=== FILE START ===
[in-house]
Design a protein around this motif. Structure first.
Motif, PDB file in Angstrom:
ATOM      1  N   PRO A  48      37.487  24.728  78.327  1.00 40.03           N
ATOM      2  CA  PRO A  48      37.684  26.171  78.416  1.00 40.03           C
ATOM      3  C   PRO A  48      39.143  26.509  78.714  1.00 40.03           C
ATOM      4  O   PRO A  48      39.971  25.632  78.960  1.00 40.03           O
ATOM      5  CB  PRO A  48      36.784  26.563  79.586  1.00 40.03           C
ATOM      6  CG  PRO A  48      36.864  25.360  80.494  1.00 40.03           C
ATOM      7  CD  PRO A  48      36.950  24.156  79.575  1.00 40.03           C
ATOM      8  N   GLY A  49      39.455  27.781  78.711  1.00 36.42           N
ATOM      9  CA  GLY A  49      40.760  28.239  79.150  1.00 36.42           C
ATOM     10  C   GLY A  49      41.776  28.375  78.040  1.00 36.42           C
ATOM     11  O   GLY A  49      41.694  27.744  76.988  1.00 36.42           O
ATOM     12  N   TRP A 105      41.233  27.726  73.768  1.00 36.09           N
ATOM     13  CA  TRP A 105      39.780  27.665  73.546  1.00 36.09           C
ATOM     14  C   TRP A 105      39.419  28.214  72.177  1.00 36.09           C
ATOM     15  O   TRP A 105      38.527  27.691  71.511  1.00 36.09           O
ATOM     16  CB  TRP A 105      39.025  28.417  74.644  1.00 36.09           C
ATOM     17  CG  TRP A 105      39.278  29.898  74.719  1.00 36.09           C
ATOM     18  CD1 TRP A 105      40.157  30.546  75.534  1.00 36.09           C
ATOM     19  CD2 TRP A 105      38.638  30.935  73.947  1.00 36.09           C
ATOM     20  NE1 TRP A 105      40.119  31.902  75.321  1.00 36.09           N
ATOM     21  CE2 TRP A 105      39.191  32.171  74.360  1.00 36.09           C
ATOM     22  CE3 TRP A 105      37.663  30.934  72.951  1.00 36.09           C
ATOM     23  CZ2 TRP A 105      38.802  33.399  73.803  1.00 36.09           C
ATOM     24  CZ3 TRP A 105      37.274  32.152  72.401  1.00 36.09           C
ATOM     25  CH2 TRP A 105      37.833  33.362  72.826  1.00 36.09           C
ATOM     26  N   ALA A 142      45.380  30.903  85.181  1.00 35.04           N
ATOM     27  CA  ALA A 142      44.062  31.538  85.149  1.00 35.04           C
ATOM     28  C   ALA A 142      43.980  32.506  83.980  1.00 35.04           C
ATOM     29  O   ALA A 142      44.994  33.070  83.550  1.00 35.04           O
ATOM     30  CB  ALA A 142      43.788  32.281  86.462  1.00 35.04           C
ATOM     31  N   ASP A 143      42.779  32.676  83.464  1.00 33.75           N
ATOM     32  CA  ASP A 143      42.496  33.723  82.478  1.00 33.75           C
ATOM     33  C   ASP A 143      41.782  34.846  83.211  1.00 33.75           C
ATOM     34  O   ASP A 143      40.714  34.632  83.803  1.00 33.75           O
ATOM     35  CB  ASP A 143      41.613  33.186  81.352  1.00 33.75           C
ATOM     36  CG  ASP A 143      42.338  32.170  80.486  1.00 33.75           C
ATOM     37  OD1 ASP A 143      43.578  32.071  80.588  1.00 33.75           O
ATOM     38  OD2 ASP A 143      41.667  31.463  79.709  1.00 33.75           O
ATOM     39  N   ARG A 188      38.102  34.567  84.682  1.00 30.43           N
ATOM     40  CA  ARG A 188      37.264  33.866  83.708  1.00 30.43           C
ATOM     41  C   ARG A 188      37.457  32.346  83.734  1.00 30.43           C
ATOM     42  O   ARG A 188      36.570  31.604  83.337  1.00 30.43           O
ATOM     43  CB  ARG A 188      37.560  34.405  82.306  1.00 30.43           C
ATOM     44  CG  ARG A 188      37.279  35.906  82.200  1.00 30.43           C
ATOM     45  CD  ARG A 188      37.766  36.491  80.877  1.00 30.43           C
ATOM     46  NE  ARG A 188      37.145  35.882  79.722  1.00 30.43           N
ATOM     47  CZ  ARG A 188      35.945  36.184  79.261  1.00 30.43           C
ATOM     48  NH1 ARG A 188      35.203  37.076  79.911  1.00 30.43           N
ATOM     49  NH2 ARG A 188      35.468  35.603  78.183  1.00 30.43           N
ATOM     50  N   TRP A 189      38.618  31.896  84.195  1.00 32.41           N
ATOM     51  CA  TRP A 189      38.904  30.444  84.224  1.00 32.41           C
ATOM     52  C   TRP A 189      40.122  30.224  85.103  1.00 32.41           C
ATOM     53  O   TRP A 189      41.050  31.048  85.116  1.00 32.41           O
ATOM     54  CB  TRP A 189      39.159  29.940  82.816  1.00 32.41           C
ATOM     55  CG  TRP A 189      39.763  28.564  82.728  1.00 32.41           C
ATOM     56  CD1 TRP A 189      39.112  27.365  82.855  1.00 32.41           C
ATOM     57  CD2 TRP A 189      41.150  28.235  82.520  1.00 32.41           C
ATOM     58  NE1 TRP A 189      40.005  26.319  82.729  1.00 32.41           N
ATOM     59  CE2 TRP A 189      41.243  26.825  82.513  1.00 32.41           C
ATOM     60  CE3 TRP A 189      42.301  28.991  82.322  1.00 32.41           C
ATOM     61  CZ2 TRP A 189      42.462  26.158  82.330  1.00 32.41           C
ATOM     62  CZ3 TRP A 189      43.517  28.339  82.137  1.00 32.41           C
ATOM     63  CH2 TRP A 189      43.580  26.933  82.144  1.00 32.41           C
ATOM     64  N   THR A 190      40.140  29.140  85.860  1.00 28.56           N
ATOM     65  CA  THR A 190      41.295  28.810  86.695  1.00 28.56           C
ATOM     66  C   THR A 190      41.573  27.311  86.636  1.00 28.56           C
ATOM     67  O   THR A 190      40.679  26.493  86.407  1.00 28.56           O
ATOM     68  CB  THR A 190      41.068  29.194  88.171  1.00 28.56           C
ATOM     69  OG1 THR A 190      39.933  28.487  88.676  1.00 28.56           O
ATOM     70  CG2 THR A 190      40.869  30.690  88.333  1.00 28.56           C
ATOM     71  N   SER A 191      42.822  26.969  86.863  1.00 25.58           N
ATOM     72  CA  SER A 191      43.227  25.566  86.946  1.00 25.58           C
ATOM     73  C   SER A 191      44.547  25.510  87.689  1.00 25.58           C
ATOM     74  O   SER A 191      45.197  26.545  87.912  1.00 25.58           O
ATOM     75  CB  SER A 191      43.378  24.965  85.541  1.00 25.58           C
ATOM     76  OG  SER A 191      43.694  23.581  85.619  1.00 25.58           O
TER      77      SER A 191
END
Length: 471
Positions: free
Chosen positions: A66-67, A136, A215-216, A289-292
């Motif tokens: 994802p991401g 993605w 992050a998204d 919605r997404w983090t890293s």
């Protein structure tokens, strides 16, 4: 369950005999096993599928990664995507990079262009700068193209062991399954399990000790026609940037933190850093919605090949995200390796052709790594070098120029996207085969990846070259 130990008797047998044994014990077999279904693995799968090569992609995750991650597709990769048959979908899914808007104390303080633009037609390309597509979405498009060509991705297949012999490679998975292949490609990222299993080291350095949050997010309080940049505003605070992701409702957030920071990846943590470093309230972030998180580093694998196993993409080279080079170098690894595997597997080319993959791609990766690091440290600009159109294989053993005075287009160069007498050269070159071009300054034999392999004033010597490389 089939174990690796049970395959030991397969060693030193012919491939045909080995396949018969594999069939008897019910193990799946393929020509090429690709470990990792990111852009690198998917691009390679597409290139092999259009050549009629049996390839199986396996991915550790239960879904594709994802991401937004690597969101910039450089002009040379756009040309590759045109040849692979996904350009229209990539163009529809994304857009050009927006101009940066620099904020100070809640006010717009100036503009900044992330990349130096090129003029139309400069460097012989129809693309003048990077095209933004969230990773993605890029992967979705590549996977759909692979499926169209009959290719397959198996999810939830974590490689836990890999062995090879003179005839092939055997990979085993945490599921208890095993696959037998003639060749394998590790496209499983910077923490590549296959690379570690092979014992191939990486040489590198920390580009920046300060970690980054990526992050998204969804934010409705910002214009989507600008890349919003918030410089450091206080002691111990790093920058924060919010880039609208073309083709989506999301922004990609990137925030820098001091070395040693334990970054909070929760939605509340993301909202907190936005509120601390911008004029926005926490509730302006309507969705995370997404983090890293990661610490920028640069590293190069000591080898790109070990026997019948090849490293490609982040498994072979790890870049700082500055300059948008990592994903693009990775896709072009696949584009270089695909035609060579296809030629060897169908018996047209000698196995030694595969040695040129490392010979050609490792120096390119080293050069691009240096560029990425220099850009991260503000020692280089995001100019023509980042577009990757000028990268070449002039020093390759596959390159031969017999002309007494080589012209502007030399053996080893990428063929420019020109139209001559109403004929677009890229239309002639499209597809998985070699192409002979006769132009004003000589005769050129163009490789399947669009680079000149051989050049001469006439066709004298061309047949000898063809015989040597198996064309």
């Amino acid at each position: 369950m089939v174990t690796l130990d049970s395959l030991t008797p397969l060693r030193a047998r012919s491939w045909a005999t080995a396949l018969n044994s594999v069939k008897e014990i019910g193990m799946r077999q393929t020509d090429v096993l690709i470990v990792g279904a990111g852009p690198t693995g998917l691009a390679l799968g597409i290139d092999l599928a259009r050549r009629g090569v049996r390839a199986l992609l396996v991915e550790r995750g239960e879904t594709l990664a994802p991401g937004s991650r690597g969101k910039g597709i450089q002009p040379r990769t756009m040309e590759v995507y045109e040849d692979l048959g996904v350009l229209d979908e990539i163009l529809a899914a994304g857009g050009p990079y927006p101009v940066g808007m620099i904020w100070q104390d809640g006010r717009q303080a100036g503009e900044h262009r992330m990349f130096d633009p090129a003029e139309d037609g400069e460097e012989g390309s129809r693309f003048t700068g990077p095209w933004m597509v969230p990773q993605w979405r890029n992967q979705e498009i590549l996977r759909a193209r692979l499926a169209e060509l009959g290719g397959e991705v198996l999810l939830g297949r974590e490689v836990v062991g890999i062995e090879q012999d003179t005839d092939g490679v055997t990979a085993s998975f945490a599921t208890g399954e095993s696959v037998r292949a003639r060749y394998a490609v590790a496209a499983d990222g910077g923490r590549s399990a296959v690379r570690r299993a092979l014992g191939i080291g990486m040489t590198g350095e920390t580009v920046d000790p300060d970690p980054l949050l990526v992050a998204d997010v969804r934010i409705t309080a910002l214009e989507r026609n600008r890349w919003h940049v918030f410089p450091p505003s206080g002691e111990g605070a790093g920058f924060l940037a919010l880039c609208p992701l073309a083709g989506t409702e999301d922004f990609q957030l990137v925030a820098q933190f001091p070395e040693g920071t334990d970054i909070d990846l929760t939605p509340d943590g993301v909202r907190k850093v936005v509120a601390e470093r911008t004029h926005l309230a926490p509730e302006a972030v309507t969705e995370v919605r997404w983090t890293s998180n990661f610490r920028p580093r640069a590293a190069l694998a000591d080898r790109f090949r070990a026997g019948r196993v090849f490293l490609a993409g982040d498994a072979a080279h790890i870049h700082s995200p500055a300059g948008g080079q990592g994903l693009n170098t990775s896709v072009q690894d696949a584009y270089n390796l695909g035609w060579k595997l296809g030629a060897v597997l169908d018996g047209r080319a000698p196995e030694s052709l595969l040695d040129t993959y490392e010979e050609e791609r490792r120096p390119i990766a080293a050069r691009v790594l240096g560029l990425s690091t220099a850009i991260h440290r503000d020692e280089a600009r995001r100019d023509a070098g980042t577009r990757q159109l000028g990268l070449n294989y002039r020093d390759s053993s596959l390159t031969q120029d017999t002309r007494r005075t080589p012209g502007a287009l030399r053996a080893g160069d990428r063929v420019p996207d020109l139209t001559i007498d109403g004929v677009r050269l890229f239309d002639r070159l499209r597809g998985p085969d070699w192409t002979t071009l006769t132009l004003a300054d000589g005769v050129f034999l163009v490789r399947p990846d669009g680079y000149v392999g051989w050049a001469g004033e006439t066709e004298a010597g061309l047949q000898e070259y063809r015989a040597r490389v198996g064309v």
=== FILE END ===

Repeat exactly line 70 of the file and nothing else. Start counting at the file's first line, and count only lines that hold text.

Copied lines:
ATOM     67  O   THR A 190      40.679  26.493  86.407  1.00 28.56           O